18 June, 2016

A Gazelle By Any Other Name

Juncker by the Pond

One of the great things about living in Europe is the myriad of vintage bicycles that can be found-- either locked to a bike rack, abandoned in an alley, or for sale on the local classifieds. In certain Dutch cities, you can even find them at the bottom of a canal, but retrieving them is best left to the city workers. Nevertheless, I can usually temper my enthusiasm towards owning these bicycles by admiring them and moving along, content in my understanding of their significance or lack thereof. Every so often, however, one will come along that I’ve never heard of, and then begins my journey into the murky world of now-defunct bicycle manufacturers. From Puch and Peugeot to Kettler and Kalkhoff*, there are dozens of brands that were manufactured before, between, and after the Wars, yet haven’t survived the 21st century.

One in particular caught my eye, firstly because of it’s design and secondly because of it’s name. In regards to the former, I’ve been wanting a “proper Dutch bike” since we moved here, and hadn’t got around to finding one that suited my taste. Sure, it’s socially acceptable for men to ride a step-through here, but in my mind, I wouldn’t be able to reconcile that with the fact that they are called omafiets to differentiate them from the horizontal top tube of an opafiets, that is, a bicycle for distinguished grandpas. Also, black is the most common color of Dutch bikes, with Day-Glo orange, polka-dot, and Grimace purple coming in at a close second, so to find an understated silvery grey was a bit exhilarating. As to the name, well, my English-speaking brain found it amusing.


Pronounced “yoon-kerr”, like the current President of the European Commission (as if that helps anyone reading this), Juncker was established in 1898 in the Dutch city of Apeldoorn, which is also home to another bicycle manufacturer called Sparta, one of the largest and most well-known bike and moped companies in the Netherlands. In 1968, like several other competing companies, they were bought by Gazelle and brought under as a subsidiary brand.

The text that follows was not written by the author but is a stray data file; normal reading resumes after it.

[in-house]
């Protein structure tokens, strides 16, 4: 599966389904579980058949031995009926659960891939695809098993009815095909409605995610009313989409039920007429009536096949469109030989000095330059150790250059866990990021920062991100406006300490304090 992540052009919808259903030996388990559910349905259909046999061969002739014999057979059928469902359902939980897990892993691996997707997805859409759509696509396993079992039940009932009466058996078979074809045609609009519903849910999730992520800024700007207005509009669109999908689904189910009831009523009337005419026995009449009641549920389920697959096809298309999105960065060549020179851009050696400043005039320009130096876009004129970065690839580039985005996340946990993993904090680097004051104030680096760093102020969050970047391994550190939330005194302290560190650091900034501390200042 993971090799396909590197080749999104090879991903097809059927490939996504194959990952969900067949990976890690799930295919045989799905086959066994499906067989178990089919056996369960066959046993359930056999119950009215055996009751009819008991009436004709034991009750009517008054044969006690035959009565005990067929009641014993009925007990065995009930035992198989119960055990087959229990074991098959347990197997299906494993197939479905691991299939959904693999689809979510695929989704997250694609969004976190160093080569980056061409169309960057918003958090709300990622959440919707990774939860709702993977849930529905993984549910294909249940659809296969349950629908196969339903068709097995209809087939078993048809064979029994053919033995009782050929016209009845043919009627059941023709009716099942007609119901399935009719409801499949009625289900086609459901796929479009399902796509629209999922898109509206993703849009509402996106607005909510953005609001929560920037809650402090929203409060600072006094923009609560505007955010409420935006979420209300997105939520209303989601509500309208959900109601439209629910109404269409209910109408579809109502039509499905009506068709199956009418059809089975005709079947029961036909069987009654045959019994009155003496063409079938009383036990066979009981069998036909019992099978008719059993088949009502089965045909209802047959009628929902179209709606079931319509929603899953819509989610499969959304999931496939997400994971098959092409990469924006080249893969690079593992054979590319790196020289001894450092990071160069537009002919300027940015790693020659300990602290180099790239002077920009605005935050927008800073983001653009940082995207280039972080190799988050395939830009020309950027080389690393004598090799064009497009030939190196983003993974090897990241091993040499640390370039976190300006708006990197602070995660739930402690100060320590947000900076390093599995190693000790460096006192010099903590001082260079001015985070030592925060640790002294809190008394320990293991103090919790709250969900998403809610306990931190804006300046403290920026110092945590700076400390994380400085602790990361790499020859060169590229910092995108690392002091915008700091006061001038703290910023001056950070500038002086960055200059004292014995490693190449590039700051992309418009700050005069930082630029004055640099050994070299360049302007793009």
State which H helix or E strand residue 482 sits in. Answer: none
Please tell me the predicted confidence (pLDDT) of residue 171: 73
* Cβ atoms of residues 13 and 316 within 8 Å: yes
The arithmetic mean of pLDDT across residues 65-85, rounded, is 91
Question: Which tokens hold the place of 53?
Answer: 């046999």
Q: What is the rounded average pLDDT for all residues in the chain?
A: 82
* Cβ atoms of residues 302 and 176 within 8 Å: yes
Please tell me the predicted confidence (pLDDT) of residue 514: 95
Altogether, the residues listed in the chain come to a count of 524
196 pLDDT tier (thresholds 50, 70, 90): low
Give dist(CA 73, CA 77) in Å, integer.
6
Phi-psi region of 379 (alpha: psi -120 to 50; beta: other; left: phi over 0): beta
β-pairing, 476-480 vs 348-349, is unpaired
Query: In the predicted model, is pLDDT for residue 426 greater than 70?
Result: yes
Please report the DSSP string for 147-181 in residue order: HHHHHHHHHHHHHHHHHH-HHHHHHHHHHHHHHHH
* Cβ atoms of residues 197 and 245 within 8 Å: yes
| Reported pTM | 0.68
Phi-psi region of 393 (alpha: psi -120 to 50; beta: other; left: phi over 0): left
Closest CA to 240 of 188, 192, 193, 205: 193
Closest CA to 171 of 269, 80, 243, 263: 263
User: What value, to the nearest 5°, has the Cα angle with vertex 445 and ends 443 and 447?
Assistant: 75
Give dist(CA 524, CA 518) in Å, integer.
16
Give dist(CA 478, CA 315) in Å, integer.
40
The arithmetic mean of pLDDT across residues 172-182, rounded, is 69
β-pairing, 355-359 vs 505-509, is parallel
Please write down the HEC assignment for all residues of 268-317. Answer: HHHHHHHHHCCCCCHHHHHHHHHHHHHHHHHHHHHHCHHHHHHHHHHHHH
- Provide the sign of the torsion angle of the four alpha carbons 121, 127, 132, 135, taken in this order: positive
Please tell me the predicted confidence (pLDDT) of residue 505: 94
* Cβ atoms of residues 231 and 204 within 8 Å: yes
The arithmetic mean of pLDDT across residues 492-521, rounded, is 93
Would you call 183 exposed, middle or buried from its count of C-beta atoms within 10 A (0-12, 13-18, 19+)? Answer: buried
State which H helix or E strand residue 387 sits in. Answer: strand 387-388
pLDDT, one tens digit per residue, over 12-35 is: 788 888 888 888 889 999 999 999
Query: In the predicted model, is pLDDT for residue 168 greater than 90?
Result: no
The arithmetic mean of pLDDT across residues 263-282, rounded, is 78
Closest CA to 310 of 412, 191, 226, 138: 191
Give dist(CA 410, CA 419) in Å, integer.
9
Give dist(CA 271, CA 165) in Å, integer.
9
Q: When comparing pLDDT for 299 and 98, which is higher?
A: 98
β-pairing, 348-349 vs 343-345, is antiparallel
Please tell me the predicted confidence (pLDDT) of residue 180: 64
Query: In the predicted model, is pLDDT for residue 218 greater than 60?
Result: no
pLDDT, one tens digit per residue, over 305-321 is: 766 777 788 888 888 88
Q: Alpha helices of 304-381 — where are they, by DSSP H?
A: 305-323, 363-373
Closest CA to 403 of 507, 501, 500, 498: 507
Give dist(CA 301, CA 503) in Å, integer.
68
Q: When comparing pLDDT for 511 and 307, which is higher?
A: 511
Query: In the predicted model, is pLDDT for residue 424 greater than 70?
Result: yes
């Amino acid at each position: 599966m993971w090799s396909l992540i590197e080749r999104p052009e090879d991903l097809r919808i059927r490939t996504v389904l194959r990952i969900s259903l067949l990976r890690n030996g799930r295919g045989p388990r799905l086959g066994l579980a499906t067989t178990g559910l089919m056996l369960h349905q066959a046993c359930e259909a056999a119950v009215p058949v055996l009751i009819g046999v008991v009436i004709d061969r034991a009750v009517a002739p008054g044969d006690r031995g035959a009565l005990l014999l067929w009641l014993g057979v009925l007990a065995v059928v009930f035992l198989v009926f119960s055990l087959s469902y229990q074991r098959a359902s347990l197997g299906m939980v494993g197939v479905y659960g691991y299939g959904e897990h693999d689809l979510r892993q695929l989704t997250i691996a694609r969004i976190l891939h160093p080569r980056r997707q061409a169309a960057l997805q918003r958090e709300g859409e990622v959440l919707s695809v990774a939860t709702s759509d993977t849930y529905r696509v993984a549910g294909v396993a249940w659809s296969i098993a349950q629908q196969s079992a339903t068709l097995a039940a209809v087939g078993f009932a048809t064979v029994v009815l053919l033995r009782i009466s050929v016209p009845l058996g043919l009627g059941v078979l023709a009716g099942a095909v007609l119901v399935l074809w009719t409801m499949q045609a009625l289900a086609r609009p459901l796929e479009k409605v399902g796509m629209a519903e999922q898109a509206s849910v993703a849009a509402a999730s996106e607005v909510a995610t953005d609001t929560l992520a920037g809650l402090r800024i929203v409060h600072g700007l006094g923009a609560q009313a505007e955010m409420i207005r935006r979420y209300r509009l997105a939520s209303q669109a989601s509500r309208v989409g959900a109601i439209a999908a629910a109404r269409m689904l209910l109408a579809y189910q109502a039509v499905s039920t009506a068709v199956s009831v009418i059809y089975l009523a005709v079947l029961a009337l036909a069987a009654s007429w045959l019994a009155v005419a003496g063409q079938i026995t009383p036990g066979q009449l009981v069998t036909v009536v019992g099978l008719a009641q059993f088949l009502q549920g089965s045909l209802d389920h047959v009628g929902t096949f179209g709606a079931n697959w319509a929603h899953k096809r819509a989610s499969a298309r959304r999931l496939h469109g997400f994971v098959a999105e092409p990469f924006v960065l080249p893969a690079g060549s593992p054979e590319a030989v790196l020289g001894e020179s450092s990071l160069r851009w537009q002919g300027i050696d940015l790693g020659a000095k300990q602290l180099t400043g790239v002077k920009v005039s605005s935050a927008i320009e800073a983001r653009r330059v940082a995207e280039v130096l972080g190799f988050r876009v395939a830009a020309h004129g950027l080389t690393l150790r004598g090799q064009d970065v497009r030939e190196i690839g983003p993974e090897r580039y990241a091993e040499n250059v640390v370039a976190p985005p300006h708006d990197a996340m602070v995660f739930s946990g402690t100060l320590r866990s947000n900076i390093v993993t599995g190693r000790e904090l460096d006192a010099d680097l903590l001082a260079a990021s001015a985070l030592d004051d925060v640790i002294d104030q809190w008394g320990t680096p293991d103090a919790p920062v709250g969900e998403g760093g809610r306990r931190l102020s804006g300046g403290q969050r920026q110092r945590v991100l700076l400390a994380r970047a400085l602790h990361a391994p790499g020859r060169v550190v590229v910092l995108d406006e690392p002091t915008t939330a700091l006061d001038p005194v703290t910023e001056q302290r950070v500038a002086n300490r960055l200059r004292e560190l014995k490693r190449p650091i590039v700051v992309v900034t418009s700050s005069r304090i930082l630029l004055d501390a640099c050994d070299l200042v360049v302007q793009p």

Juncker Headtube Badge

These subsequent “Gazelle Junckers” were basically Gazelle’s with the Juncker branding, and perhaps, some less premium components. This model, the Tour de France, is more or less identical to the Gazelle Tour de France released in the later half of the 1970s. Also similar is their inherent inability to be used in the actual Tour de France, but let’s assume the name is short for “Wine Tour de France”, which makes a lot more sense.

Juncker profile 2_Fotor

Name aside, the build is solid as any Dutch bike should be, with some very elegant and understated touches. The full chain case is absent in favor of a partial chain case and a 5-speed rear derailleur. Drum brakes are used on both the front and rear hubs, and a bottle dynamo powers both the headlamp and the rear, fender-mounted light. A frame pump sits snugly against the downtube, and the handlebar grips have a very pleasant knurl to them.

Juncker Gazelle Logo

Tiny little gazelles adorn many of the bolts and bits, as is customary for Gazelle bicycles, and the seat tube decal features the Gazelle logo as well. As to whether the Juncker name or the Gazelle branding carried more weight at the time, I don’t really know, but it is very clear that this line was an amalgamation of both brands. There is no date stamped anywhere on the frame, and Gazelle have changed their serial numbering once or twice over the years, but my best estimates put this particular bicycle as being made in 1976.

Juncker Seat Tube

Interestingly, before I had a chance to test ride the bike, I thought to myself, “hmm, I’ll probably replace the saddle with the Brooks B17 or even the sprung B130 I have.” They seemed to agree with the general aesthetics and intended use of this bike. But after the seller allowed me to take it for a spin, I found the stock saddle to actually be pretty comfortable, at least to the degree that I didn’t think it needed to be swapped out. Sure enough, I get off of the bike and find a familiar name embossed on its exterior.

Brooks Mystery Saddle

I’ve found almost no information about this type of Brooks saddle, and only a couple images on the Internet of other bicycles having them. It’s some type of plastic-covered foam, but it still has the signature bag loops on the back and steel support rails underneath. Other than “Made in England”, I’ve yet to find anything indicating it’s manufacture date, so I don’t know whether it is original to the bike or not. Either way, it doesn’t require an application of Proofide and is rather water resistant, so I think I’ll leave it be.

Juncker Shifter

Shifting is performed by a Suntour lever mounted to the stem, non-indexed as changing gears ought to be. Like many Dutch bikes, stability and control are such that one-handed operation is often more than adequate. 

Juncker on the road